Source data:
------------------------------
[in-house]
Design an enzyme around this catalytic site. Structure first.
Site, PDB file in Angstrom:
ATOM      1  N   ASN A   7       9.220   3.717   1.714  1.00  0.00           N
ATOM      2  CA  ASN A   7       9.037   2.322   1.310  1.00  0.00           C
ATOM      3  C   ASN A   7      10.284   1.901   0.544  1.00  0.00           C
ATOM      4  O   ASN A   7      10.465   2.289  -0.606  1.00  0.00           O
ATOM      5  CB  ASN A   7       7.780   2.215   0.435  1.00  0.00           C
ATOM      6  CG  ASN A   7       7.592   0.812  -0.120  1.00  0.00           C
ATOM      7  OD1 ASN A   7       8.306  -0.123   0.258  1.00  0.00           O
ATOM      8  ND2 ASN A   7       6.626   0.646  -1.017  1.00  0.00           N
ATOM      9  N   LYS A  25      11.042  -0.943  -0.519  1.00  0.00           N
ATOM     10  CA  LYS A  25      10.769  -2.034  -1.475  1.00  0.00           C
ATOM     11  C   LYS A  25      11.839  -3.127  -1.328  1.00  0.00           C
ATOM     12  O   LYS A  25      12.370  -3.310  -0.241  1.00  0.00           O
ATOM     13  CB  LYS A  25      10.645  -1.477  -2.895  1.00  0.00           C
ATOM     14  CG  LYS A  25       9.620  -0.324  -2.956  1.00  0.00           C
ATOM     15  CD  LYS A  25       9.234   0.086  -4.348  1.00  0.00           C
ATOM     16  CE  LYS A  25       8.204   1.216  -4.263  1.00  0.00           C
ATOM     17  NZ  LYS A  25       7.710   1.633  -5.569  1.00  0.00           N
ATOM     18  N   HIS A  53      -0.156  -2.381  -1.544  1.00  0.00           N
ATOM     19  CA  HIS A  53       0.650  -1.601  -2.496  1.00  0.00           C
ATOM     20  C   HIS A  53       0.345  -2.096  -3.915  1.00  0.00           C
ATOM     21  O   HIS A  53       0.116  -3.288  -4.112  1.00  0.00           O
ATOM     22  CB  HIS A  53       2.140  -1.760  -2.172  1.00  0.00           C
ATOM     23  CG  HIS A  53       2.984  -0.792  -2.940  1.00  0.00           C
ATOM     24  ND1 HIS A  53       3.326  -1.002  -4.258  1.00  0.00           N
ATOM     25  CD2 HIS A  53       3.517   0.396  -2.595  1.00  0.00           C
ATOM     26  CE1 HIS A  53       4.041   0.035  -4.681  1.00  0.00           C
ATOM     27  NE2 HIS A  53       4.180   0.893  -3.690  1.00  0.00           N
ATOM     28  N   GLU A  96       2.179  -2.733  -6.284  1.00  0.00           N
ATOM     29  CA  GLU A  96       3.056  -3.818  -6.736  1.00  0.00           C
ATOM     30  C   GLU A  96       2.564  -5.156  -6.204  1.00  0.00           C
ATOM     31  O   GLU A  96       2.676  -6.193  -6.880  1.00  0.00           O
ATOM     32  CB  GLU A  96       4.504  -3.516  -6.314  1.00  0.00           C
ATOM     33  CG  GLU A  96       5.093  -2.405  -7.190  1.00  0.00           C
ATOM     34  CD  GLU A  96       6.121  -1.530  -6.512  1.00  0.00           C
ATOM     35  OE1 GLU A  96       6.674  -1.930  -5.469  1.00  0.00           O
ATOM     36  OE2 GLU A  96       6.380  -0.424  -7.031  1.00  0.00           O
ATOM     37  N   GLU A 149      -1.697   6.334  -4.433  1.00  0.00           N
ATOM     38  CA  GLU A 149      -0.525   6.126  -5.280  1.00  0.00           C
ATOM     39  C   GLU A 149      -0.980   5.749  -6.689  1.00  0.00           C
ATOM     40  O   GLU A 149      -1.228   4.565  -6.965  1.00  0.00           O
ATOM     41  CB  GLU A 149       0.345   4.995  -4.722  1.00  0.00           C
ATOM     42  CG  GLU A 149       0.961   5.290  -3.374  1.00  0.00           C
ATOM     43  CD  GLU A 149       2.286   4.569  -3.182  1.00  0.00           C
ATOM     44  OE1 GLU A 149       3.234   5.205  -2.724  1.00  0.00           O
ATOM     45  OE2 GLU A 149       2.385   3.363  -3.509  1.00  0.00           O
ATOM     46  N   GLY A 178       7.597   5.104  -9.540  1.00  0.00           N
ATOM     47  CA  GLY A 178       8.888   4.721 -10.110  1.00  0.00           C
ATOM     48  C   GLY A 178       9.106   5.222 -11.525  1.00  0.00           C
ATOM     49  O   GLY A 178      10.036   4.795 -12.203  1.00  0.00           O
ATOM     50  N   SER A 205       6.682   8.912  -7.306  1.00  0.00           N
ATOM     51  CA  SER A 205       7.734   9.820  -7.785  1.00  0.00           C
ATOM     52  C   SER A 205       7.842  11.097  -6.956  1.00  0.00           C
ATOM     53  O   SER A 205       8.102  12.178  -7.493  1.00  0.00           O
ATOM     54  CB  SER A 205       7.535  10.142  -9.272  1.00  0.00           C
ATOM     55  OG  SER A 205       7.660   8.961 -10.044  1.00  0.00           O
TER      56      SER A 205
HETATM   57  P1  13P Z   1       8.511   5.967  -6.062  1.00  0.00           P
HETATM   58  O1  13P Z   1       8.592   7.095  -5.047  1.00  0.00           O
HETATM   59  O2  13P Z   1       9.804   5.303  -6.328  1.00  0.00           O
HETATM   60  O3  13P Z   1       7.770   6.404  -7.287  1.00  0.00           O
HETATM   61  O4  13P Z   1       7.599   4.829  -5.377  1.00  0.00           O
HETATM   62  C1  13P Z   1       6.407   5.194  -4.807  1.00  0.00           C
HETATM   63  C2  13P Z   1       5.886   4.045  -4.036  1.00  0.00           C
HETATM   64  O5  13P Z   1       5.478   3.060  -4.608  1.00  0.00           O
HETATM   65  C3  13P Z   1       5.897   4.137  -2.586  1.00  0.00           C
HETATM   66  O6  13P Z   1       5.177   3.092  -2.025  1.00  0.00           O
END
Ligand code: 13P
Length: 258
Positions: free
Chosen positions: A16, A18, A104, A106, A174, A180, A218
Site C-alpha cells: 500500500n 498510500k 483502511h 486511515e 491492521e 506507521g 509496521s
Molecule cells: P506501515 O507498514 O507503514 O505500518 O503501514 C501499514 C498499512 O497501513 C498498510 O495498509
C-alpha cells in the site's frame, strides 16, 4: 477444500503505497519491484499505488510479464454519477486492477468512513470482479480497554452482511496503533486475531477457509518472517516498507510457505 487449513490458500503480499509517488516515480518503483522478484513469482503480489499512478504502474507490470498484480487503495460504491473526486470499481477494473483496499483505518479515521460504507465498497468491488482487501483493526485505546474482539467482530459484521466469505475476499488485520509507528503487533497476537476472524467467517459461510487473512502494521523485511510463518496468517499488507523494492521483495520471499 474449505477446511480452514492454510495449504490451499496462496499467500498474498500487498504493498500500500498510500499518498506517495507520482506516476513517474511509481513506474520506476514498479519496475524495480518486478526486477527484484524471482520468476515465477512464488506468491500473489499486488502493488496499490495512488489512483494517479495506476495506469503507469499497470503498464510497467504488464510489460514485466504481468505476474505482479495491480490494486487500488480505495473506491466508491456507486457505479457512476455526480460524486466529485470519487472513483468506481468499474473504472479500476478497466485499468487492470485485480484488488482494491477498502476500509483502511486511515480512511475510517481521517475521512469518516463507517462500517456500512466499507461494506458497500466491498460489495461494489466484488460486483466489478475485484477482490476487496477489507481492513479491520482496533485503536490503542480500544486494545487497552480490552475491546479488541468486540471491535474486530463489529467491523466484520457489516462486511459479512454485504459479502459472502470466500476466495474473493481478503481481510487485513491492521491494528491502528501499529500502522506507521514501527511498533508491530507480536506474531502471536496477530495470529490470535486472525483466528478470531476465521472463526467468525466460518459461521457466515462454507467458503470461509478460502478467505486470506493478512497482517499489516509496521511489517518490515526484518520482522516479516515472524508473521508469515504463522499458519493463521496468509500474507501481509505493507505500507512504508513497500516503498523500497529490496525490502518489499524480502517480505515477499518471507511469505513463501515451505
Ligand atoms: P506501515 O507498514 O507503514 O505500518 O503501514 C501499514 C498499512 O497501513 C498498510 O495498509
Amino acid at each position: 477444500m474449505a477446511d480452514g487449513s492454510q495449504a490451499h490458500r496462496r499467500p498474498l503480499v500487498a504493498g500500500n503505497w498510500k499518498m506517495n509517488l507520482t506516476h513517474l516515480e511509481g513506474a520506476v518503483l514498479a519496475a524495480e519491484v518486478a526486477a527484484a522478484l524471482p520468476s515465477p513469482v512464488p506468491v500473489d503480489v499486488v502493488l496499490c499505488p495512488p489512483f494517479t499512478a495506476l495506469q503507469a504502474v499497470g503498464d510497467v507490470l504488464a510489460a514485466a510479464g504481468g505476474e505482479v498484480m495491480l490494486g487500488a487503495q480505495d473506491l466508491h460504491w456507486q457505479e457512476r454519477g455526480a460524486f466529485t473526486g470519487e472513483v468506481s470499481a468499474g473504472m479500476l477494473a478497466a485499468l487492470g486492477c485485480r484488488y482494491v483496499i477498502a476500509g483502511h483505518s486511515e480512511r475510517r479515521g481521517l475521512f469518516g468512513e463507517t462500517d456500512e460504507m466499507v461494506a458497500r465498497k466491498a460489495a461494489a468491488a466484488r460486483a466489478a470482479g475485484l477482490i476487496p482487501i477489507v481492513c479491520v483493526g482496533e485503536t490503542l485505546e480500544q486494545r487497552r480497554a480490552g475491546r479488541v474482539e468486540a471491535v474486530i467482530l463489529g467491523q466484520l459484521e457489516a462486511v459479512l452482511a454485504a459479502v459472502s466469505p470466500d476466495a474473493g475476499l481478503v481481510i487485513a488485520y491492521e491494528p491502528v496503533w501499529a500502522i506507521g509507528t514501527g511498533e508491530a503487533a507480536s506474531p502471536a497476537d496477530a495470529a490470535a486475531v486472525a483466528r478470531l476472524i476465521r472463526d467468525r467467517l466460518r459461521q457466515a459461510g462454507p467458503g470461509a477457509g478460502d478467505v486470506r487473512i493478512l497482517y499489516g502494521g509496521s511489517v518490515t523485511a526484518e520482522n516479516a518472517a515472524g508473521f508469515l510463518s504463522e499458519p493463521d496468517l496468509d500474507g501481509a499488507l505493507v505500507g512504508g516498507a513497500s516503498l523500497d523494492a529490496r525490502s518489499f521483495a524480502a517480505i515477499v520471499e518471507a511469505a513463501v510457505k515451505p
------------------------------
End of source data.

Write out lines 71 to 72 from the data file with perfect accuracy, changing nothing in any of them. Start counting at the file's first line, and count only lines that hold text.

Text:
Ligand code: 13P
Length: 258